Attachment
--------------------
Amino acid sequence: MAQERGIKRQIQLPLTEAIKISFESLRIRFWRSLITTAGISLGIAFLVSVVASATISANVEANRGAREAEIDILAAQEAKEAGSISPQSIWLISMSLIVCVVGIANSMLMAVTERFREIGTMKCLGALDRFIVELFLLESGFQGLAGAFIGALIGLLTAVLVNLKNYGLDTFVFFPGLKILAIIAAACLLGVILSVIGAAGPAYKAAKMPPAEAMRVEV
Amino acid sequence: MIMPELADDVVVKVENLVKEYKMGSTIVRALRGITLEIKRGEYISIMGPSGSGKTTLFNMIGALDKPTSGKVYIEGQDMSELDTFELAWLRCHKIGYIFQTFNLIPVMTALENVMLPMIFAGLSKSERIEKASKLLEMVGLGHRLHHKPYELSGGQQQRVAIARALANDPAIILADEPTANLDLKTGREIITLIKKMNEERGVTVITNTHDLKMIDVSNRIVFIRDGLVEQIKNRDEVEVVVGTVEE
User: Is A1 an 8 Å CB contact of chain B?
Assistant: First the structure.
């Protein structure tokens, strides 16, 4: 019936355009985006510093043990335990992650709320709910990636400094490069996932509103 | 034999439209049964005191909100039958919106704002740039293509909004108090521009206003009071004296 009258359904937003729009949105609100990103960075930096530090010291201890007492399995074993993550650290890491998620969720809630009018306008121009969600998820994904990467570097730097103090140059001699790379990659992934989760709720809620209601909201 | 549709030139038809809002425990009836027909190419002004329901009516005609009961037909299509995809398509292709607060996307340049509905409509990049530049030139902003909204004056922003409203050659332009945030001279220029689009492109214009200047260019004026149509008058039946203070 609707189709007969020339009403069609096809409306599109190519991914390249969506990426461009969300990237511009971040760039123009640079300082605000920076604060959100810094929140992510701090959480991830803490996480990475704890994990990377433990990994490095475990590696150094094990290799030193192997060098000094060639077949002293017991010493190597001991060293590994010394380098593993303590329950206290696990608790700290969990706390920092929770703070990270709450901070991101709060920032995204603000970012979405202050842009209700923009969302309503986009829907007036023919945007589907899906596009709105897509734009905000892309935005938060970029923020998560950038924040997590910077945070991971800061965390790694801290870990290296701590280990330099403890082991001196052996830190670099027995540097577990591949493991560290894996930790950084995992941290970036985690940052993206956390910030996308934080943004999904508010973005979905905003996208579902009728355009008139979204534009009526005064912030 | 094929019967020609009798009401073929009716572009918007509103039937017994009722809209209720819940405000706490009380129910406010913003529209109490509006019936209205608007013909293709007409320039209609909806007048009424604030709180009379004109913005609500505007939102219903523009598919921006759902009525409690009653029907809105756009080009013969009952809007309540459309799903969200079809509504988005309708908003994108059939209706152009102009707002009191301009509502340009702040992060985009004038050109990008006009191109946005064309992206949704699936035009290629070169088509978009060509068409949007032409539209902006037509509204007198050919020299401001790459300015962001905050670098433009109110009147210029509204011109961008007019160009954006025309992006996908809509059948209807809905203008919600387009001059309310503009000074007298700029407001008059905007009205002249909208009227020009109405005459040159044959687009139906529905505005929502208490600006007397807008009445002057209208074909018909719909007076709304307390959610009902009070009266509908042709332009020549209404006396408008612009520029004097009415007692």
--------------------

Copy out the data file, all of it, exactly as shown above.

Amino acid sequence: MAQERGIKRQIQLPLTEAIKISFESLRIRFWRSLITTAGISLGIAFLVSVVASATISANVEANRGAREAEIDILAAQEAKEAGSISPQSIWLISMSLIVCVVGIANSMLMAVTERFREIGTMKCLGALDRFIVELFLLESGFQGLAGAFIGALIGLLTAVLVNLKNYGLDTFVFFPGLKILAIIAAACLLGVILSVIGAAGPAYKAAKMPPAEAMRVEV
Amino acid sequence: MIMPELADDVVVKVENLVKEYKMGSTIVRALRGITLEIKRGEYISIMGPSGSGKTTLFNMIGALDKPTSGKVYIEGQDMSELDTFELAWLRCHKIGYIFQTFNLIPVMTALENVMLPMIFAGLSKSERIEKASKLLEMVGLGHRLHHKPYELSGGQQQRVAIARALANDPAIILADEPTANLDLKTGREIITLIKKMNEERGVTVITNTHDLKMIDVSNRIVFIRDGLVEQIKNRDEVEVVVGTVEE
User: Is A1 an 8 Å CB contact of chain B?
Assistant: First the structure.
């Protein structure tokens, strides 16, 4: 019936355009985006510093043990335990992650709320709910990636400094490069996932509103 | 034999439209049964005191909100039958919106704002740039293509909004108090521009206003009071004296 009258359904937003729009949105609100990103960075930096530090010291201890007492399995074993993550650290890491998620969720809630009018306008121009969600998820994904990467570097730097103090140059001699790379990659992934989760709720809620209601909201 | 549709030139038809809002425990009836027909190419002004329901009516005609009961037909299509995809398509292709607060996307340049509905409509990049530049030139902003909204004056922003409203050659332009945030001279220029689009492109214009200047260019004026149509008058039946203070 609707189709007969020339009403069609096809409306599109190519991914390249969506990426461009969300990237511009971040760039123009640079300082605000920076604060959100810094929140992510701090959480991830803490996480990475704890994990990377433990990994490095475990590696150094094990290799030193192997060098000094060639077949002293017991010493190597001991060293590994010394380098593993303590329950206290696990608790700290969990706390920092929770703070990270709450901070991101709060920032995204603000970012979405202050842009209700923009969302309503986009829907007036023919945007589907899906596009709105897509734009905000892309935005938060970029923020998560950038924040997590910077945070991971800061965390790694801290870990290296701590280990330099403890082991001196052996830190670099027995540097577990591949493991560290894996930790950084995992941290970036985690940052993206956390910030996308934080943004999904508010973005979905905003996208579902009728355009008139979204534009009526005064912030 | 094929019967020609009798009401073929009716572009918007509103039937017994009722809209209720819940405000706490009380129910406010913003529209109490509006019936209205608007013909293709007409320039209609909806007048009424604030709180009379004109913005609500505007939102219903523009598919921006759902009525409690009653029907809105756009080009013969009952809007309540459309799903969200079809509504988005309708908003994108059939209706152009102009707002009191301009509502340009702040992060985009004038050109990008006009191109946005064309992206949704699936035009290629070169088509978009060509068409949007032409539209902006037509509204007198050919020299401001790459300015962001905050670098433009109110009147210029509204011109961008007019160009954006025309992006996908809509059948209807809905203008919600387009001059309310503009000074007298700029407001008059905007009205002249909208009227020009109405005459040159044959687009139906529905505005929502208490600006007397807008009445002057209208074909018909719909007076709304307390959610009902009070009266509908042709332009020549209404006396408008612009520029004097009415007692």